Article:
Culture: On the air: TV news most of us can't watch
Monday 10 November 1997
Nothing, it seems, at the future-obsessed BBC these days, can stop an idea whose time hasn't quite come yet. And so last night the corporation launched a 24-hour rolling television news service which can be seen at this stage by just two small categories of viewers - cable subscribers and insomniacs.
The latter - who will presumably form a sizeable slice of the tiny audience which the service will attract when it is transmitted on BBC 1 in the small hours of the morning - didn't get to see Gavin Esler and Sarah Montague (poached from Sky News) present the first bulletin at 6pm yesterday.
The early evening start meant that only cable subscribers got to witness this much-hyped milestone in British broadcasting history.
That didn't stop Mr Esler getting excited about the enterprise. "This isn't going to be your grandfather's BBC," the corporation's former North America correspondent enthused in a promo video which prefaced the first bulletin. "It will be as authoritative as it was in granddad's day, but it's not going to be stuffy... it might even be fun."
Just to prove this Mr Esler shed his jacket and sported a trendy blue shirt with an equally trendy silver and blue striped tie for what is being billed as the "Now 0'Clock News."
Actually News 24 kicked off in an incredibly low-key fashion at 5.30pm with a brief history of broadcast news in Britain from cinema newsreels to the advent of satellite. Some cable subscribers might have mistaken it for the History Channel.
But the history lesson was, mercifully, limited to less than a quarter of an hour. From the outset BBC bosses were obviously determined to live up to their pre-launch promise - "you'll never be more than 15 minutes from the headlines on News 24".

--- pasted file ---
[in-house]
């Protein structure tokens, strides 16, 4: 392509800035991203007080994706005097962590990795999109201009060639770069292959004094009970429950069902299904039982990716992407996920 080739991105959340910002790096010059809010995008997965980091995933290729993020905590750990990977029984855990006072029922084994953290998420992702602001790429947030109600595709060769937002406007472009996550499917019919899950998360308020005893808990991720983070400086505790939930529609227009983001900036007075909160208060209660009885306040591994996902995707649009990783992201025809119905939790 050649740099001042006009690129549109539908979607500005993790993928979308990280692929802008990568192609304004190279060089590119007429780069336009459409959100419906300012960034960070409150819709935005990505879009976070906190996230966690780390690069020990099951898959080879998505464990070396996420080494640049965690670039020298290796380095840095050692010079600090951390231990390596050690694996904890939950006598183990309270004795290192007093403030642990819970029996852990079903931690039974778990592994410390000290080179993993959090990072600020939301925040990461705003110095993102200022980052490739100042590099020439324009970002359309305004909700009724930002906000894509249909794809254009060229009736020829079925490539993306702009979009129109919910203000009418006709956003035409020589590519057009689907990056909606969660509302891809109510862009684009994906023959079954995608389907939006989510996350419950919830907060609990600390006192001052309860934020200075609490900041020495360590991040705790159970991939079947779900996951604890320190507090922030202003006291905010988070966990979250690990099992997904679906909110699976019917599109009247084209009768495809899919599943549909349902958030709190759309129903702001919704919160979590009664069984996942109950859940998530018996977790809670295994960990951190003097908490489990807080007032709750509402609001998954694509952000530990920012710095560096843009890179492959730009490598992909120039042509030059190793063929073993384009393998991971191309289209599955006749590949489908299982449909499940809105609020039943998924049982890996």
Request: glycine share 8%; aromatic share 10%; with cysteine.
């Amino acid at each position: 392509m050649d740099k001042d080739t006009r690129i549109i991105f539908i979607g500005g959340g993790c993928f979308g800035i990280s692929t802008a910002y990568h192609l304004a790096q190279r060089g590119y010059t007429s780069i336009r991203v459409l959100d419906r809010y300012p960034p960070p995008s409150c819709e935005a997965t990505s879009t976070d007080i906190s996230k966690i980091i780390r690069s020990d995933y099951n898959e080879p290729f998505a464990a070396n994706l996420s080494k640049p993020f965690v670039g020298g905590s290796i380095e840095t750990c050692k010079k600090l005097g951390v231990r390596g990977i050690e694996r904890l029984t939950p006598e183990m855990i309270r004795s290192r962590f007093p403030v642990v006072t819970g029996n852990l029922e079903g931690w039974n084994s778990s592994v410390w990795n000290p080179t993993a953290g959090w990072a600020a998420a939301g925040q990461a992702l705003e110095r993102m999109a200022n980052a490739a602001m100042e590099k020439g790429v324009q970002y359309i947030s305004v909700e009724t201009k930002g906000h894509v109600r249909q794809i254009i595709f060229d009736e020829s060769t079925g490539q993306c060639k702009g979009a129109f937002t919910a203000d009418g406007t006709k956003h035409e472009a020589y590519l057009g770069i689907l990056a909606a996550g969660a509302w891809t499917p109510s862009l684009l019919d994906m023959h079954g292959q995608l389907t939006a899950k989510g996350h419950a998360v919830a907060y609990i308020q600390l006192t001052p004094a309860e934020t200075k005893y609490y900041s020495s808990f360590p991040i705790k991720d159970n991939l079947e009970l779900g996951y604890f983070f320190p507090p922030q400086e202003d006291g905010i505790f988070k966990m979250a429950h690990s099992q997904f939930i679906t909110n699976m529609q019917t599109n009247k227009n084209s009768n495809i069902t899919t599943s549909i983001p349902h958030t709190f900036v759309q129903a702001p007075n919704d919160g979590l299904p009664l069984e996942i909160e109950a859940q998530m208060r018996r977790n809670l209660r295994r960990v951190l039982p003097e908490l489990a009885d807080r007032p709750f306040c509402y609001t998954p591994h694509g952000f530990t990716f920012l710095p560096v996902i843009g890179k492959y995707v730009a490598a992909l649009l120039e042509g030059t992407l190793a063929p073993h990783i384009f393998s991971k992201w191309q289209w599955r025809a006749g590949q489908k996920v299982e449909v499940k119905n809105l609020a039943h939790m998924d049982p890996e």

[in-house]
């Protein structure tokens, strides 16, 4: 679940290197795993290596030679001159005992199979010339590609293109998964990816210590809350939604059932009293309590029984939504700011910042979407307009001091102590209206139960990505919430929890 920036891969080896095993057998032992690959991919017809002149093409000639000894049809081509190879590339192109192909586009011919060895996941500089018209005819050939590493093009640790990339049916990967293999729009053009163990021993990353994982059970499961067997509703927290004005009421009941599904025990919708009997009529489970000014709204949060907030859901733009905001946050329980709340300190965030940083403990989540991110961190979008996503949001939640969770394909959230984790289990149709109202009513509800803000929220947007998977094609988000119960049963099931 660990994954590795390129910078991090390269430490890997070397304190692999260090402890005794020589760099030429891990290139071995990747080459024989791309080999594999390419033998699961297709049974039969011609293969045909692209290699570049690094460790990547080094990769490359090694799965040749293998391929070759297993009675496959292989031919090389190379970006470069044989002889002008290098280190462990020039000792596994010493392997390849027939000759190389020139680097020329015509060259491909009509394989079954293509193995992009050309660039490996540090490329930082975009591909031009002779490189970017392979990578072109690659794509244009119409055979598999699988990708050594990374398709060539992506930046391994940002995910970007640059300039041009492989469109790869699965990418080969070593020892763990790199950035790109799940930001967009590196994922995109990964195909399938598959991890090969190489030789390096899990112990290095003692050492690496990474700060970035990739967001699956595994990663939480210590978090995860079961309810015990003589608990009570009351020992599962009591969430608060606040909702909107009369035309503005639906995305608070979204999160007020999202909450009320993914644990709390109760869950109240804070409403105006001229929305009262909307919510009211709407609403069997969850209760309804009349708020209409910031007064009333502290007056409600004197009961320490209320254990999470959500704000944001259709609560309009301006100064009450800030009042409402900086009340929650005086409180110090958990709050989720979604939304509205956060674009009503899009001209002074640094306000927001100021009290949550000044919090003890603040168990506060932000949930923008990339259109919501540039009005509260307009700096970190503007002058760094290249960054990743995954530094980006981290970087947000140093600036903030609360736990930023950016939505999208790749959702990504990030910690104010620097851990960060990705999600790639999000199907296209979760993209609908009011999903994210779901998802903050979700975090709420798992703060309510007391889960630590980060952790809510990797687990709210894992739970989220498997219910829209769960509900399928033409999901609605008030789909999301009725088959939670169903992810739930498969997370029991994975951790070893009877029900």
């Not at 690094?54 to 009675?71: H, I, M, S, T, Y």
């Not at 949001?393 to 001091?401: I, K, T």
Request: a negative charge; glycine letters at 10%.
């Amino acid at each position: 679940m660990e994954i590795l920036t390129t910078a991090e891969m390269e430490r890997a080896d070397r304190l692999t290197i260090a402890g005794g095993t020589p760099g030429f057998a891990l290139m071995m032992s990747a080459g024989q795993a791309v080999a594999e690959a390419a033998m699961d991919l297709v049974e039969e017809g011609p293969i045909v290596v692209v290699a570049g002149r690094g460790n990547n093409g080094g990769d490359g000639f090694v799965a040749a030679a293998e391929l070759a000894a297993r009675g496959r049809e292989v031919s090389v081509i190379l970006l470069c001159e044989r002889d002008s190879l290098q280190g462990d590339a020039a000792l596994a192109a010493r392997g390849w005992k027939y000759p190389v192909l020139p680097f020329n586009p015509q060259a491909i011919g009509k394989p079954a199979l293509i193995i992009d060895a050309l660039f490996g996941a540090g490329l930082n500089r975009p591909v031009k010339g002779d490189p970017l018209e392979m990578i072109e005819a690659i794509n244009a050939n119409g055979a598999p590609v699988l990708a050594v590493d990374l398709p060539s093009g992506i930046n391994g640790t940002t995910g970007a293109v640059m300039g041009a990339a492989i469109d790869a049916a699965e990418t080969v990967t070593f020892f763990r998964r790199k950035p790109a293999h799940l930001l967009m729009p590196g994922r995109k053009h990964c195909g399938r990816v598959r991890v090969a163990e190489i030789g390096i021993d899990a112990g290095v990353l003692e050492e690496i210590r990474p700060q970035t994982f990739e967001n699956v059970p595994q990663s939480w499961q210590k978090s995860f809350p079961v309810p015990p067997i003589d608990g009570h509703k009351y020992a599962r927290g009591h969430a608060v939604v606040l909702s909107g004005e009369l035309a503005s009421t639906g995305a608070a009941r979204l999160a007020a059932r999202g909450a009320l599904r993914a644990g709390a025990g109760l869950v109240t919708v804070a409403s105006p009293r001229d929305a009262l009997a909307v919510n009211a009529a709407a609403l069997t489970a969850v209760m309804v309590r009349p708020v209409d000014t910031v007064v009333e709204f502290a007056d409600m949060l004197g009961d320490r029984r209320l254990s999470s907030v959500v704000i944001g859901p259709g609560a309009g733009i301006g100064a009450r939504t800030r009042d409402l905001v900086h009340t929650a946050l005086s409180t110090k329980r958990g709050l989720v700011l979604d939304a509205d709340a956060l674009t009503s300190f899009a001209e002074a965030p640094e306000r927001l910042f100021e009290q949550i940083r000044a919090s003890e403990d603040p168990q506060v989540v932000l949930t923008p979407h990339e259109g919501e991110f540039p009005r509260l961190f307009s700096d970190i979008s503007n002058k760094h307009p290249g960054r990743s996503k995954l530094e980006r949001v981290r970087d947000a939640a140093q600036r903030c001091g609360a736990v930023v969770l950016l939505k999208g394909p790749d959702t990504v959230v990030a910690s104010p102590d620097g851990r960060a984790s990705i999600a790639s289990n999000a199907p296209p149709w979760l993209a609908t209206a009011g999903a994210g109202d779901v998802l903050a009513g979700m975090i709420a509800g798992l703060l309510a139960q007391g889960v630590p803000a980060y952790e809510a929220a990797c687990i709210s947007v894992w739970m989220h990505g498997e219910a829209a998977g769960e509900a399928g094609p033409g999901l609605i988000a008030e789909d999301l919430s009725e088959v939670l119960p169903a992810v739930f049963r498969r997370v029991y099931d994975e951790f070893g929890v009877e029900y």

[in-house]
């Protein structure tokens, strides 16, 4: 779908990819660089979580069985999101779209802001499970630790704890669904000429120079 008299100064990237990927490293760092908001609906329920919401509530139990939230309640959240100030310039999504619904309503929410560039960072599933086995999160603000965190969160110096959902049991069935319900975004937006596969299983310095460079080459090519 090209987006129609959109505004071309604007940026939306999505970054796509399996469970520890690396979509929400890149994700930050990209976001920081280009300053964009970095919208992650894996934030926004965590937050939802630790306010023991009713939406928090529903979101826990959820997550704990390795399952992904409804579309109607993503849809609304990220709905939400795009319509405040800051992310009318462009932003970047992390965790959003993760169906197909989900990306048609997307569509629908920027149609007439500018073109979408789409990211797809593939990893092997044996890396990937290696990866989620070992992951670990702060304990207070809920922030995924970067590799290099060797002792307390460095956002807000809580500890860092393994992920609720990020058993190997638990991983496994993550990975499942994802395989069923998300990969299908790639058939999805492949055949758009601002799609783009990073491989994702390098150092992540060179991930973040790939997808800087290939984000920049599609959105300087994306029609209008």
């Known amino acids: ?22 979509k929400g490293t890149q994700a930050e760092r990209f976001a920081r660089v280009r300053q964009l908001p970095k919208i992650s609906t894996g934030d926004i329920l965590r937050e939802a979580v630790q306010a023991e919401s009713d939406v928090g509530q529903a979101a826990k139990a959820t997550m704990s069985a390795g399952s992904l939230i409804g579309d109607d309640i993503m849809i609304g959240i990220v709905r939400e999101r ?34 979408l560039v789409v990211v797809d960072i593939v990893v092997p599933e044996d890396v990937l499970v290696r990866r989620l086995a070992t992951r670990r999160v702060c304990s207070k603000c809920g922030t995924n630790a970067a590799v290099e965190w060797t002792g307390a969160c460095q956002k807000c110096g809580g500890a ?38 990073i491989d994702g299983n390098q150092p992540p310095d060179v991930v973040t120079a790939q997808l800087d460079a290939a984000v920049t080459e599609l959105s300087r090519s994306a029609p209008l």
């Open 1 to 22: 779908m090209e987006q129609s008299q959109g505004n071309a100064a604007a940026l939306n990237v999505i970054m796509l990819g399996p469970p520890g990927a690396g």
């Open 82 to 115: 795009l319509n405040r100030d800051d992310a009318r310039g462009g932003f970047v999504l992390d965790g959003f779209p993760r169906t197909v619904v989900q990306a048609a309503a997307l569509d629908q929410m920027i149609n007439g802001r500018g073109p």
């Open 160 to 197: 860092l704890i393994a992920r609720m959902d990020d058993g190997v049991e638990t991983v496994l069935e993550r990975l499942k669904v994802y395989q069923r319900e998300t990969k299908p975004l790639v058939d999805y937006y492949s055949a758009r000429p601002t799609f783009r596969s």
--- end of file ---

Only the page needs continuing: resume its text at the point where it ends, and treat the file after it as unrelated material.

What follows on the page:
And that won't always just apply to cable subscribers and insomniacs, according to Jenny Abramsky, the BBC's director of continuous news. The woman who spearheaded the launch of Radio Five Live a few years back confidently forecast yesterday that News 24 would also slowly weave its way into the fabric of British life.
"It will take time for some people to find News 24, but they will," she said. "It will never have huge audiences, but over a week it could have quite significant reach."
She defended the use of a substantial sum of licence-payers' money - News 24 will cost pounds 30m to start up and run in the first year alone - for the service which few licence holders will be able to see for some time. "News is a central part of the BBC's public service remit and in the multi- channel home the provision of 24-hour news is part of that remit," she said.
She cited the record audiences tuning into Sky News for the Louise Woodward trial as evidence of the growing need for continuous news. There was a live link last night from outside the Boston courthouse on News 24. There was also one from Ben Brown in Aman about the Middle East crisis. And there are bound to be many, many more in the weeks and months and years ahead. News 24 may not have many viewers yet, but it will always have a hell of a lot of air time to fill.
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